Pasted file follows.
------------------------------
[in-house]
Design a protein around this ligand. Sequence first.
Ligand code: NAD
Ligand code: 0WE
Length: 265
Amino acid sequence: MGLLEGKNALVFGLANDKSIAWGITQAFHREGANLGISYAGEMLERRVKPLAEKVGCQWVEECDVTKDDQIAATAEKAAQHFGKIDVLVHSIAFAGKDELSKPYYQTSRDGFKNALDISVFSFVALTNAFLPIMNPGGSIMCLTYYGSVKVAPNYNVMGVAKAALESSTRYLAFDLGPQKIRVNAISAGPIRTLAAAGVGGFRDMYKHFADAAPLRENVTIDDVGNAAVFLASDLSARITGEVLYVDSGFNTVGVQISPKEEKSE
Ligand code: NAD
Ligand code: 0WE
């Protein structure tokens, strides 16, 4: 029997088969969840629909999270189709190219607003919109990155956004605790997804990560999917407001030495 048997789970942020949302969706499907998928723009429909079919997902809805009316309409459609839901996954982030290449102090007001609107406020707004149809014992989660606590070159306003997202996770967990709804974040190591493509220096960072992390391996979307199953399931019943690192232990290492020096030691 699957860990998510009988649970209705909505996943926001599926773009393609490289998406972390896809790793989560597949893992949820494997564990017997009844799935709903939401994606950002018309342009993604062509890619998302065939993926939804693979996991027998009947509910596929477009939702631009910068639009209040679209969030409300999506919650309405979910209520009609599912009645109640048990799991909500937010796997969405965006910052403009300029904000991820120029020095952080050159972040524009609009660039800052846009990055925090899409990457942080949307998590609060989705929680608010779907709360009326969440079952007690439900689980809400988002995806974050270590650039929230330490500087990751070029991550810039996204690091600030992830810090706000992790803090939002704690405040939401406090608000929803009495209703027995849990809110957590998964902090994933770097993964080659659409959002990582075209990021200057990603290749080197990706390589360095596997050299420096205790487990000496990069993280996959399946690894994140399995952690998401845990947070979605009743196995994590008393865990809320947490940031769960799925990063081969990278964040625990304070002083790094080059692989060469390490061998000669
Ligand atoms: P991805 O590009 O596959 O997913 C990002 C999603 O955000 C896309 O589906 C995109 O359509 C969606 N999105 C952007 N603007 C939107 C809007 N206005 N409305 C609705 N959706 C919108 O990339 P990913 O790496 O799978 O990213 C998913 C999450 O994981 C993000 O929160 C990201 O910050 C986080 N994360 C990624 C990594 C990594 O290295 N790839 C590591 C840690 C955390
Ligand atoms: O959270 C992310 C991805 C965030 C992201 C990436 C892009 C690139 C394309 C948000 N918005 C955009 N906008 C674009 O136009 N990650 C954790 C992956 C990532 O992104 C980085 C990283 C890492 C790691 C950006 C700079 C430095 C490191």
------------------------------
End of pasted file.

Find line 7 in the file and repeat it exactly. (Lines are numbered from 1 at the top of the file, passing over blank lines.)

Ligand code: NAD